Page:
Tuesday, May 10, 2016

10 Things You Should Know about Irresistible Grace

Here we take up the concept of God’s saving grace as irresistible.

(1) Irresistible grace concerns the process by which God brings the elect to saving faith in Jesus. However, we must be cautious lest we reduce the mystery of salvation and conversion to a mechanical sequence that can be monitored with mathematical precision. We must never forget that just as the wind blows where it wishes and we know not where it comes from or where it goes, “so it is with everyone who is born of the Spirit” (John 3:8). If, then, we cannot reduce conversion to a uniform, predictable process (and we musn’t!), we can at least recognize the principles according to which God generally operates in bringing someone to saving faith.

(2) Perhaps the best definition of irresistible grace is the one provided by Bruce Ware. “When Calvinists refer to irresistible grace,” notes Ware, “they mean to say that the Holy Spirit is able, when he so chooses, to overcome all human resistance and so cause his gracious work to be utterly effective and ultimately irresistible. In soteriology, the doctrine of irresistible grace refers to the Spirit’s work to overcome all sin-induced resistance and rebellion, opening blind eyes and enlivening hardened hearts so that sinners understand and embrace the gospel of salvation through faith in Christ” (“The Place of Effectual Calling and Grace in a Calvinist Soteriology,” in The Grace of God, the Bondage of the Will, Volume 2, edited by Thomas R. Schreiner and Bruce A. Ware [Grand Rapids: Baker Books, 1995], 347).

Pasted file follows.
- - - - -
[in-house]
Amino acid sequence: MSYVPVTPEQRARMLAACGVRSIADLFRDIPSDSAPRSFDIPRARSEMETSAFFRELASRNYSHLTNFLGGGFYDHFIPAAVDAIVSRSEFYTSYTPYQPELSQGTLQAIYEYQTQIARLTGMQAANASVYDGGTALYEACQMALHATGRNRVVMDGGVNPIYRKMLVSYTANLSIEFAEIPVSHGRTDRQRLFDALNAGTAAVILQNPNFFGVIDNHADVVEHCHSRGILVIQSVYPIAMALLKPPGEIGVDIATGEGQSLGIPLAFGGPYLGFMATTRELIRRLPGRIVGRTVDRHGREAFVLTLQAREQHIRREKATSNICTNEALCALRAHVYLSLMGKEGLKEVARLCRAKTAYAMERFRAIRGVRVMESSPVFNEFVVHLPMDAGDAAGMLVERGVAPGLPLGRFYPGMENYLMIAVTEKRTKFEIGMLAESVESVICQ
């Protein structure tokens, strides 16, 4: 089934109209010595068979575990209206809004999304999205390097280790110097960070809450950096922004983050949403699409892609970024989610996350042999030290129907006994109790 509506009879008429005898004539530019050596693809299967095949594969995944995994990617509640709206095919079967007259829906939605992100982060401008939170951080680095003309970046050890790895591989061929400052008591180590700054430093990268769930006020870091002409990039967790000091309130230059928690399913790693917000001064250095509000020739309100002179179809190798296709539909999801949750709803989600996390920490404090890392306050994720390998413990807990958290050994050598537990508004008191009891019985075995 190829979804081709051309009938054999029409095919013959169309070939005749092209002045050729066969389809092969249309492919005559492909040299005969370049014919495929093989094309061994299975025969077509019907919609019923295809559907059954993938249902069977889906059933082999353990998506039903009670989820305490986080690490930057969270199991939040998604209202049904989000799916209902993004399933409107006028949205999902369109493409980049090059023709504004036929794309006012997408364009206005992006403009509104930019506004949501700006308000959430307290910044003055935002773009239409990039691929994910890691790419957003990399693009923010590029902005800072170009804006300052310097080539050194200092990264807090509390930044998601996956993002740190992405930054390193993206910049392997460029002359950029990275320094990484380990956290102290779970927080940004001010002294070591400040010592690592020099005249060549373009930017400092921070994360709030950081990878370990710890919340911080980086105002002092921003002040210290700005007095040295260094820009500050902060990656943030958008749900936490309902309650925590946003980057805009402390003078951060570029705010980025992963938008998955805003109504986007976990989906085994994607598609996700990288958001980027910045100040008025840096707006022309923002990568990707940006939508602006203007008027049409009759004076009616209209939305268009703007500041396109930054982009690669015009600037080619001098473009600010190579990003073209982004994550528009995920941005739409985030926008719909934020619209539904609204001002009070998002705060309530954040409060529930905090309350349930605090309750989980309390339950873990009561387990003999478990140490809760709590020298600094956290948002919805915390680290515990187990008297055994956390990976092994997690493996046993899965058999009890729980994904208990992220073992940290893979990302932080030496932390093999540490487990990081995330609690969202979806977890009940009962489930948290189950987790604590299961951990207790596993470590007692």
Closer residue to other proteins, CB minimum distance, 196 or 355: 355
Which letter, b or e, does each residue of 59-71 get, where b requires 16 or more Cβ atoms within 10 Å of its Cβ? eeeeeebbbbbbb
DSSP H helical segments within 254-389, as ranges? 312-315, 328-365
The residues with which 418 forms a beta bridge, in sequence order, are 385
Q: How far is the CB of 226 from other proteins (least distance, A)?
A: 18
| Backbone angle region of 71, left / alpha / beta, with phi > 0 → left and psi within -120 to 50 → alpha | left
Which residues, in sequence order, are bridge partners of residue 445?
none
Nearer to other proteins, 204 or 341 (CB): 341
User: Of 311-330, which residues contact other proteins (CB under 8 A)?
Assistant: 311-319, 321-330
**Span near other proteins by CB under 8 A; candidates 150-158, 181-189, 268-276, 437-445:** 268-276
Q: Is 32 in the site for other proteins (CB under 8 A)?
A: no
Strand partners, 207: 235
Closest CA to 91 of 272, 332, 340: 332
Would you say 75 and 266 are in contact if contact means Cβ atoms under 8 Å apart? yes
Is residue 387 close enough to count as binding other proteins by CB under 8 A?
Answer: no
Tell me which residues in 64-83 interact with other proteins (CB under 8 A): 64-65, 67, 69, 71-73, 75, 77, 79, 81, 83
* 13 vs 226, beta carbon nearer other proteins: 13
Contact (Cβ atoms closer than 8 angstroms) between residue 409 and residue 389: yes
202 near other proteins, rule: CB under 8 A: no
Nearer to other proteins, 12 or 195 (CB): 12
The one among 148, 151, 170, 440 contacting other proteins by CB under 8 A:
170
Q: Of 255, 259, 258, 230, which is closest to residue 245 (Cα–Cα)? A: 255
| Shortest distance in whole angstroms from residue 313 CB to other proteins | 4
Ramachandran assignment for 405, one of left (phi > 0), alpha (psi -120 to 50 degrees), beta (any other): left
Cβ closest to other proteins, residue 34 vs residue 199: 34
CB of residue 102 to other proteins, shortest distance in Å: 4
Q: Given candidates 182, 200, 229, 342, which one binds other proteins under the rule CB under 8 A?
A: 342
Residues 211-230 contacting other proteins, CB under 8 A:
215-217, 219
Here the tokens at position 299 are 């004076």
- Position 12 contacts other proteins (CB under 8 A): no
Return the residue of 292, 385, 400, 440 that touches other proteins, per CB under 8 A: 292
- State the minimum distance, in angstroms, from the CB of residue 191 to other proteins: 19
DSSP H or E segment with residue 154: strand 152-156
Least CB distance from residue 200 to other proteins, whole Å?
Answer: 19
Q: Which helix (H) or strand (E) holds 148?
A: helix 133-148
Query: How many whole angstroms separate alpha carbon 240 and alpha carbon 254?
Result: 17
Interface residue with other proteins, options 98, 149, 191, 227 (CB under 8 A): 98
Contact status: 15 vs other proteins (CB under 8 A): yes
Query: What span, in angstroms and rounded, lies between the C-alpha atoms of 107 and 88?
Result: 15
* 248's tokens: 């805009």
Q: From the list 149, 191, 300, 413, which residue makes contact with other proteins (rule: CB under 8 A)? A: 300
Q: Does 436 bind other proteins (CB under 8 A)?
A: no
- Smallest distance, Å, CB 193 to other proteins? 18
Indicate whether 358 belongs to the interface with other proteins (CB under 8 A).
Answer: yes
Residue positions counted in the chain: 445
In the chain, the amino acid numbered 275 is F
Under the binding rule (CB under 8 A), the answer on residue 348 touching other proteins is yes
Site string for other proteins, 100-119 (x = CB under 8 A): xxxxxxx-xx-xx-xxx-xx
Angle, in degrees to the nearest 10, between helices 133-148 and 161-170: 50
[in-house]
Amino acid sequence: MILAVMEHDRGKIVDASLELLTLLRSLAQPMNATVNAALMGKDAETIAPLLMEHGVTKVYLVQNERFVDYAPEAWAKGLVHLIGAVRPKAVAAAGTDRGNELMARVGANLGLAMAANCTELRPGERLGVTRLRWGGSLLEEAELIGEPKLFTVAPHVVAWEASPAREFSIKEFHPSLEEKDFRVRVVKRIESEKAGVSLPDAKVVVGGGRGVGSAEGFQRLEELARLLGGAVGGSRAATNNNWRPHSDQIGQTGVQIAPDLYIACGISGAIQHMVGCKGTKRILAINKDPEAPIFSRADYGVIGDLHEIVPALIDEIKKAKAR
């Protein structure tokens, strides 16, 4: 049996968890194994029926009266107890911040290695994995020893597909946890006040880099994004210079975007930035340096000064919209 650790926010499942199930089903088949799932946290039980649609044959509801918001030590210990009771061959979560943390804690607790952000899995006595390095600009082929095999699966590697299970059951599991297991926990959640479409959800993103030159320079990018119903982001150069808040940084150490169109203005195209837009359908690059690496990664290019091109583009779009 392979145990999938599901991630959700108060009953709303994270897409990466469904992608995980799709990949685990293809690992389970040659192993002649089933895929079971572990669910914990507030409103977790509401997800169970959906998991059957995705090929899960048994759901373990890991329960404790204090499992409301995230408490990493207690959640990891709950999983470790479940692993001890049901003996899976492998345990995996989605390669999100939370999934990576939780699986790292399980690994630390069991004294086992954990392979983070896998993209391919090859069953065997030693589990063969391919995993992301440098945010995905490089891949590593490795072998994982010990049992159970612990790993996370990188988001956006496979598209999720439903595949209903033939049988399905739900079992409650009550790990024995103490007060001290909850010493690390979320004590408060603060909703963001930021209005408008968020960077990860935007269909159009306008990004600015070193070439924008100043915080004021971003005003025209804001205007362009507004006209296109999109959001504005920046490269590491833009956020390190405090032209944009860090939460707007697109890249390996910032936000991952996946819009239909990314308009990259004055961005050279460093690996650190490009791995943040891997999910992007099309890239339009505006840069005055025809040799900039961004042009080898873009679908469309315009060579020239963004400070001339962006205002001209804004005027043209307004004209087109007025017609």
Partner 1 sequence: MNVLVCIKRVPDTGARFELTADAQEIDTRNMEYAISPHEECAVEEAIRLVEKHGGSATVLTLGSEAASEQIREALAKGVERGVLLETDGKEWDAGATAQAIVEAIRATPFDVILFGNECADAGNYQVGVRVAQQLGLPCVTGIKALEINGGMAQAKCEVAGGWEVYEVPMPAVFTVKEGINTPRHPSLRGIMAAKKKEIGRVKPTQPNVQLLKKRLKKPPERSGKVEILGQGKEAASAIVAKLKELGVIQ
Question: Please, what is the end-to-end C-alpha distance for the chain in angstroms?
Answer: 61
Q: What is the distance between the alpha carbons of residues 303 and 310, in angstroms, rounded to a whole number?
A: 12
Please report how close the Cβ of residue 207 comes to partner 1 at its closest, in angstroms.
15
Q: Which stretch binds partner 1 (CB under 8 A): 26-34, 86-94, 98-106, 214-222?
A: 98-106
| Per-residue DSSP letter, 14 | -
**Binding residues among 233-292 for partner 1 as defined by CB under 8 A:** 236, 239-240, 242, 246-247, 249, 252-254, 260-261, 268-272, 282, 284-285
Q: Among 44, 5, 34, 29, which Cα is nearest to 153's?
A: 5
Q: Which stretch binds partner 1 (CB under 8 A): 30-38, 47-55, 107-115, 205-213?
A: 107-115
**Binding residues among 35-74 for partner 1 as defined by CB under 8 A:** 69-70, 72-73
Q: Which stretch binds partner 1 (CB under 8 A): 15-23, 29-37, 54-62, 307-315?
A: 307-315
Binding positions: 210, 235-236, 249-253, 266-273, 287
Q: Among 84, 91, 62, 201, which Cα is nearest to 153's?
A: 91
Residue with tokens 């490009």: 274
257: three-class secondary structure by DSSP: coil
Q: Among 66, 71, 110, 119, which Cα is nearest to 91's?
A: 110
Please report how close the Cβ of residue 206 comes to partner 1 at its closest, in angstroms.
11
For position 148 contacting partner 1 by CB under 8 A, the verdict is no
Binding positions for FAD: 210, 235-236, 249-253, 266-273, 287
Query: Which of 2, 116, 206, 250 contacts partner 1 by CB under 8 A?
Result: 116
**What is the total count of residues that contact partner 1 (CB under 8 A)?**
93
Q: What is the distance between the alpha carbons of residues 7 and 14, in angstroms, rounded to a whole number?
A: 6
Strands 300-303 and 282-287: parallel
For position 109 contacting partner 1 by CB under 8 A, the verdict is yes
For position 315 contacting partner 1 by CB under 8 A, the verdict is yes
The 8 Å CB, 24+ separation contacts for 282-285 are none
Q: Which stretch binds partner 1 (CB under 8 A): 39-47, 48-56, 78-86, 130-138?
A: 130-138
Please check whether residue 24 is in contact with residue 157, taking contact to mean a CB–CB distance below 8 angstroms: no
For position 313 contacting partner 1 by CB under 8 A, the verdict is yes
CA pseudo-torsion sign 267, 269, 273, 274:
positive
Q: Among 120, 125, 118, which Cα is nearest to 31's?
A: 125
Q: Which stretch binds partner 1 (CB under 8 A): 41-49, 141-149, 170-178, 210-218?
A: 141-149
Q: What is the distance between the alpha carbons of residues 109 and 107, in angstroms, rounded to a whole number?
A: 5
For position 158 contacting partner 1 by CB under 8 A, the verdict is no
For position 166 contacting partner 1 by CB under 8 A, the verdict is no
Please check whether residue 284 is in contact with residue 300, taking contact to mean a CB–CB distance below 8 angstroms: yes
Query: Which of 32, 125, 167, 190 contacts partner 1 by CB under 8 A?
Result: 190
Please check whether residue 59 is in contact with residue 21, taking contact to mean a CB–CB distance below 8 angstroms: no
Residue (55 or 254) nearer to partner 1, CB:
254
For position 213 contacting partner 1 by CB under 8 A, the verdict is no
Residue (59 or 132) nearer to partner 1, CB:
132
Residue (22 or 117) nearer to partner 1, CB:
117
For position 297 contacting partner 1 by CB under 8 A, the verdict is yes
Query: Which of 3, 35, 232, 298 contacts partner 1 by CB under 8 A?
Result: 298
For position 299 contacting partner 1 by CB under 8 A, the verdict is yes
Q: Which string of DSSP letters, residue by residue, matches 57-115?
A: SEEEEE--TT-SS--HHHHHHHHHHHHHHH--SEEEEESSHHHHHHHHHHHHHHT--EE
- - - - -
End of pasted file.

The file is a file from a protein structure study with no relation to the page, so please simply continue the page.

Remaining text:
(3) Irresistible grace in the Calvinistic scheme of salvation is not the same as prevenient grace in the Arminian scheme. Most Arminians agree with their Calvinistic brethren that all humans are born depraved and enslaved to sin, unable to save themselves. But they depart from those of the Reformed persuasion by arguing that God graciously and universally neutralizes the debilitating effects of original sin and restores genuine freedom to the human will, enabling all to believe the gospel, if they so choose. Read More

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